When I was a young teenager, I started reading the travel section of the newspaper that my parents were subscribed to regularly. The stories wakened a new sense of adventure in me and made me dream of traveling the world and eventually becoming a travel writer myself. I dreamt of sleeping under the open sky in the Serengeti, of driving along the Panamericana from North to South and of crossing the US on the Route 66, but most of all I just longed to see the world.
The lovely Jessi from Two Feet, One World nominated me for a blog hop about our blog writing process and while I usually don't blog about blogging, I have so much to say about this topic that I figured an exception was in order. Please do check out her post here! I'm certainly no expert on travel blogging and still have so many things to figure out, but I do have an opinion and that's what blogging is all about, right?
1) What am I working on/writing?
I feel like I have been playing catch up with my blog ever since I moved to Norway last year. There's a long list on my laptop of posts that wait to be written and that used to freak me out a lot, but I'm a bit more relaxed these days, especially since I'm traveling less now that I'm in Germany again. I've been writing a lot about Norway lately, because I find myself missing the country a lot, but also because I'm stuck on my next piece on Iceland. I'd love to finish writing about that trip, before I get started on my summer in Asia, but we'll see.
Having fun with photography in Iceland. I never would have found my passion for photography if I hadn't started blogging!
2) How does my work/writing differ from others of its genre?
I hate to say this, but in my opinion travel blogging has a tendency to be very soulless. Posts that are clearly only written with the intent to get traffic, generic lists of travel tips that are neither creative nor particularly informative… I could go on. Where's the passion? I personally read travel blogs because I care about the stories that other people have to tell. Blogging is a wonderful medium to connect with people on a very personal level and that thought has always guided me when it comes to my own blog.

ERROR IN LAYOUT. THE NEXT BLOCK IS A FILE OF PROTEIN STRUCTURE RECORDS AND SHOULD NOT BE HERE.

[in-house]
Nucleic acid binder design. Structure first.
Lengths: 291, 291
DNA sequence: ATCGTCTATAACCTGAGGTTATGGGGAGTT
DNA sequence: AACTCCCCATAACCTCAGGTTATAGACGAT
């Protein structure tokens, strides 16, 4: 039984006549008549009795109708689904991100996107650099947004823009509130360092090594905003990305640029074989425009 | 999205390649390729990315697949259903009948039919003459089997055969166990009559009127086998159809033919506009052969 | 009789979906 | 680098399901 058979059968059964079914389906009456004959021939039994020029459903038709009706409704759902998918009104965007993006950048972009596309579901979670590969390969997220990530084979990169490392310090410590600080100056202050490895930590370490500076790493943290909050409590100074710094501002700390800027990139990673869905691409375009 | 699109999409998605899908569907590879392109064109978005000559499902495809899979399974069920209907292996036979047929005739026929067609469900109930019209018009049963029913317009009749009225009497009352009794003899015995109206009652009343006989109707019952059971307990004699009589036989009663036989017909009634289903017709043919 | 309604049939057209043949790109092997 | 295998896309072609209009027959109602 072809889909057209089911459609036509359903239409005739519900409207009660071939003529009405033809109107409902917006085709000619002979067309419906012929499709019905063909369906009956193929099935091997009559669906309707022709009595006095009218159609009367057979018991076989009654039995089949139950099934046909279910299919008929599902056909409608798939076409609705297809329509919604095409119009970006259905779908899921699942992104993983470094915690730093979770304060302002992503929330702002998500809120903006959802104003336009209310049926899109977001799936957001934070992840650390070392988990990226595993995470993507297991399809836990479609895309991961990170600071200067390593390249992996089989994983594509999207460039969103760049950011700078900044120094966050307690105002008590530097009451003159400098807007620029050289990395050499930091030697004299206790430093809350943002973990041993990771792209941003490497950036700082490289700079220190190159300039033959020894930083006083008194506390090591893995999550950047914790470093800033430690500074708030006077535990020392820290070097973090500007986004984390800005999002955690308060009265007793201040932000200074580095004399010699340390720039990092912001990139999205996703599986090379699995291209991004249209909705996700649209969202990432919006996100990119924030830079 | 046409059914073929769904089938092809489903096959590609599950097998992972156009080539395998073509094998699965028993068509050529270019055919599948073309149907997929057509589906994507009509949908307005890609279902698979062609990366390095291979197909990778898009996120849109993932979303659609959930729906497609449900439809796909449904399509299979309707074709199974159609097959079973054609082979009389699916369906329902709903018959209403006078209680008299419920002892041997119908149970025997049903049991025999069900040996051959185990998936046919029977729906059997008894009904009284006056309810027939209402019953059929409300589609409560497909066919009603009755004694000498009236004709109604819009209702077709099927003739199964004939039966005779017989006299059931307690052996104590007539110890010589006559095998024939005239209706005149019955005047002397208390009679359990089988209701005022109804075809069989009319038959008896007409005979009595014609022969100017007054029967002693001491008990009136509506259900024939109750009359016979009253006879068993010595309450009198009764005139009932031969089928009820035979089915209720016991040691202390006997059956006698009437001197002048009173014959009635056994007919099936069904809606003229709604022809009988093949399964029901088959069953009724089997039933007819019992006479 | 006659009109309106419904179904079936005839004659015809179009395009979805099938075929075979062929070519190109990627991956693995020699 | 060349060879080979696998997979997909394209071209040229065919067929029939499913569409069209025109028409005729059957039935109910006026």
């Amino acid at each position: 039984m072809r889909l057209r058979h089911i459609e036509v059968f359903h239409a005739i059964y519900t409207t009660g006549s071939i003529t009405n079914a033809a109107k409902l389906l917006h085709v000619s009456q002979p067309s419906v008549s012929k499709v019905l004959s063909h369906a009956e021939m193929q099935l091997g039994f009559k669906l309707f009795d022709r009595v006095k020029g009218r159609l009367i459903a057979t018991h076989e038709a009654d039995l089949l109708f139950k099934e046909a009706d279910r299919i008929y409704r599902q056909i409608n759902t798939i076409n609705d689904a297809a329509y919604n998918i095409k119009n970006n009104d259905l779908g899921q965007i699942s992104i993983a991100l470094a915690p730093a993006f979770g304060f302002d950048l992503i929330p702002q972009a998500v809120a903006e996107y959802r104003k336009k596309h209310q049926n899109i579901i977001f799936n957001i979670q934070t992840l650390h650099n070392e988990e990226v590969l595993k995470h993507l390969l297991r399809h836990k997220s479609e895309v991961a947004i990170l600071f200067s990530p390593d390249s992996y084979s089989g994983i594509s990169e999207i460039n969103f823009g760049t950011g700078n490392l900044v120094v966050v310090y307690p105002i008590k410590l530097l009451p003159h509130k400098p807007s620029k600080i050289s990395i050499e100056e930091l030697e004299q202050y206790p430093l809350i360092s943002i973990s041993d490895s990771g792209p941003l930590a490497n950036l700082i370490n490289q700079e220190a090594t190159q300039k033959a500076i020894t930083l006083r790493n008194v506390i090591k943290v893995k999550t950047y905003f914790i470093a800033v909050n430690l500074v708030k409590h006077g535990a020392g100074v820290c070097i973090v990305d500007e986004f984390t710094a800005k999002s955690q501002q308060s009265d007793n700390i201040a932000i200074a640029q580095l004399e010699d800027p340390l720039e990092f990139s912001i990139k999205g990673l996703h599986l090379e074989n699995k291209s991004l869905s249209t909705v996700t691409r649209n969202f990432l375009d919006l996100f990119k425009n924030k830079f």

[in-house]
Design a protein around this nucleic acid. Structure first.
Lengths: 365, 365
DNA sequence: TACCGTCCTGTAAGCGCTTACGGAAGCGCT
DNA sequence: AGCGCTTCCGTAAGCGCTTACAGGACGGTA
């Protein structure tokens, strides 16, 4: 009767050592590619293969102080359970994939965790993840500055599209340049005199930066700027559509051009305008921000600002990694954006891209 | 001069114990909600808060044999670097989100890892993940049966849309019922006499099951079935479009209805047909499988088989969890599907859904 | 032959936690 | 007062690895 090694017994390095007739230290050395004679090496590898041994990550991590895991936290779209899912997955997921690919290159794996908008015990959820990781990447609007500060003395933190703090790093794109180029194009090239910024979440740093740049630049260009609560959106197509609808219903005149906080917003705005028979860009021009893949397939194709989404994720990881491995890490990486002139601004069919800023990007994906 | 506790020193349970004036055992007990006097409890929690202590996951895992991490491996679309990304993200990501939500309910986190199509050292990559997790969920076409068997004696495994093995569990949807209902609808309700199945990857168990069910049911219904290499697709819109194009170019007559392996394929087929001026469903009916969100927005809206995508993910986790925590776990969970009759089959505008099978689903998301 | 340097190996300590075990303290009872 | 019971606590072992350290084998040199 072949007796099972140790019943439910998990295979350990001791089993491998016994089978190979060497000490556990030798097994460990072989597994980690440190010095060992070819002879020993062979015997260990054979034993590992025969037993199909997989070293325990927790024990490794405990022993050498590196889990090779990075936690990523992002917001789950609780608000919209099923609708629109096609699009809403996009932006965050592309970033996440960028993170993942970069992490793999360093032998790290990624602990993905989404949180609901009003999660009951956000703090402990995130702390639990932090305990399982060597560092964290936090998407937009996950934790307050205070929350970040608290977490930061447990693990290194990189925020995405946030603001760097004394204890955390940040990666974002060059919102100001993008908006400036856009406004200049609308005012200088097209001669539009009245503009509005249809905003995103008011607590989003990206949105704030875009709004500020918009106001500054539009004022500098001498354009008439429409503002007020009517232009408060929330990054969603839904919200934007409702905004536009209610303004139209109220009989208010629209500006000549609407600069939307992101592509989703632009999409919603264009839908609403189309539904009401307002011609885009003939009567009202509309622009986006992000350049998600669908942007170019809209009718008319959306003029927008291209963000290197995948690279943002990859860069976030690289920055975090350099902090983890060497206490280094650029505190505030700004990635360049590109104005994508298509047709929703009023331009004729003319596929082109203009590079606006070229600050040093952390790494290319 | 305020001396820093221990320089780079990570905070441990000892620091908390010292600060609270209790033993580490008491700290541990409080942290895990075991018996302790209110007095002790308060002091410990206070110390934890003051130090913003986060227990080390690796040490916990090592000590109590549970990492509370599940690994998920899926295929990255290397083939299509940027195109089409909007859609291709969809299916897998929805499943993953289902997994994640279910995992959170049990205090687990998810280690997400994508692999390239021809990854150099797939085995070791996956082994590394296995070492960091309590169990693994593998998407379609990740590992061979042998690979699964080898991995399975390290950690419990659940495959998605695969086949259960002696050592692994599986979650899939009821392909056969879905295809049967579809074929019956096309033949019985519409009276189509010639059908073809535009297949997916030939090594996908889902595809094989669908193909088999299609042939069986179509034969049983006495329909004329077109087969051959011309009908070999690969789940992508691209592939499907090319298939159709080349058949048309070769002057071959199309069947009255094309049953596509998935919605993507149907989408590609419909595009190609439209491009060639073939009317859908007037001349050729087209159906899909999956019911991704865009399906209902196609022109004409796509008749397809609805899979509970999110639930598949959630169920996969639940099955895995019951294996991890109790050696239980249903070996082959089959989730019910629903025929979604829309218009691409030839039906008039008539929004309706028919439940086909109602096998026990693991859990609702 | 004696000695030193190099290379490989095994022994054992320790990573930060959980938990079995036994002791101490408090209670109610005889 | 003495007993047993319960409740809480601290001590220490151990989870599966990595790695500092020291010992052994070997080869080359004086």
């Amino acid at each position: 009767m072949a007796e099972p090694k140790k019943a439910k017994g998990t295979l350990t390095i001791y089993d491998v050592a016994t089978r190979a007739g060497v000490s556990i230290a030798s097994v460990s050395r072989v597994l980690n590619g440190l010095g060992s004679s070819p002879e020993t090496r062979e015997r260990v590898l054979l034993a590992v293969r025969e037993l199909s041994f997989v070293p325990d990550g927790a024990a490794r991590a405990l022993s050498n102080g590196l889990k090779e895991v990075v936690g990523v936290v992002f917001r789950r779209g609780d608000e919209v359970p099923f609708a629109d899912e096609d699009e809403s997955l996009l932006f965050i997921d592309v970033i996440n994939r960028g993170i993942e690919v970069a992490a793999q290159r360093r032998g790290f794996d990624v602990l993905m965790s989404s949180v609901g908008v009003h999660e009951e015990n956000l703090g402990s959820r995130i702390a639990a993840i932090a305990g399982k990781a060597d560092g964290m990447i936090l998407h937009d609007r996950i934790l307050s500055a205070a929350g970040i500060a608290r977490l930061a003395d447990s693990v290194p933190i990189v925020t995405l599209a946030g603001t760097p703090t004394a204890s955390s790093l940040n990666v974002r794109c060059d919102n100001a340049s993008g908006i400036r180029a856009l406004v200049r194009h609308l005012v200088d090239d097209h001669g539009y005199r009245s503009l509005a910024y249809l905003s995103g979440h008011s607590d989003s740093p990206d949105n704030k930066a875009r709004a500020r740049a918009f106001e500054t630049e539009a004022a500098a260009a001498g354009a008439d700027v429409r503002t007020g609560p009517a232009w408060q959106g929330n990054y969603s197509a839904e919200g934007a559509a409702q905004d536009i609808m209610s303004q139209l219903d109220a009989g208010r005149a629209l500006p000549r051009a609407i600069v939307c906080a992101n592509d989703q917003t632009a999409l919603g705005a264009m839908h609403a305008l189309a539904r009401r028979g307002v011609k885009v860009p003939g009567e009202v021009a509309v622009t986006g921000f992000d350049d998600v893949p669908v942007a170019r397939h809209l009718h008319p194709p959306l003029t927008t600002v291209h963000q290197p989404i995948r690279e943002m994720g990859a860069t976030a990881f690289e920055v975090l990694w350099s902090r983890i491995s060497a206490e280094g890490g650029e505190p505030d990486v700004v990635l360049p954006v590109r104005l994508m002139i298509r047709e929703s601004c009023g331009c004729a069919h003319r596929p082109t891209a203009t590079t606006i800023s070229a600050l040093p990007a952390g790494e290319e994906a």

I blog because I want to share my adventures and misadventures and because I want to share my stories with other people. I recognize that this means that I don't exactly write the most helpful blog on earth and that I don't write content that's particularly great for SEO and Pinterest - but I'm okay with that. I started blogging because I love writing and I love writing because I love telling stories and I try to remember that as much possible.
3) Why do I write what I do?
At the moment, I mainly write about travel and looking back that shouldn't come as a surprise one bit. I used to do quite a bit of creative writing in my teenage years, but when the stress of school started to constrict my creativity, I turned to writing about my life instead. These days, my travels are easily the most interesting part of my life, at least for outsiders, and what I'm most excited to talk about, so that's what I write about. I have been trying to work on my writing from a creative point of view again, though, but it's still very much work in progress.
4) How does my writing process work?
I don't have an editorial calendar, simply because I have found that it doesn't work for me. I don't want to restrict myself or feel like I'm forcing myself to write - after all, I simply blog for the joy of it. At any given time, there are usually a couple of different events on my mind that I want to blog about. Once I have settled on a topic, I select the pictures I want to use, re-size them and upload them to Photobucket.
I then write a first draft of my post. This usually takes me a couple of hours, depending on how easy it is for to me write, but there have been posts that have taken me days, if not weeks to finish. I don't usually change that first draft much and only re-read to make some minor adjustments and to correct any spelling mistakes that I notice. Occasionally, though, I'm not happy with my first draft at all and in that case, I start to either edit it or begin anew.
My blogging process is pretty long-winded and it can take me a quite a long time to finish a post, but writing is one of the reasons I started blogging in the first place, so I don't really mind. I always try to work on a couple of posts at the same time to get in a regular posting rhythm, but obviously regularly fail at this. However, I don't force myself to write and blog if I feel like I don't have anything worthwhile to say.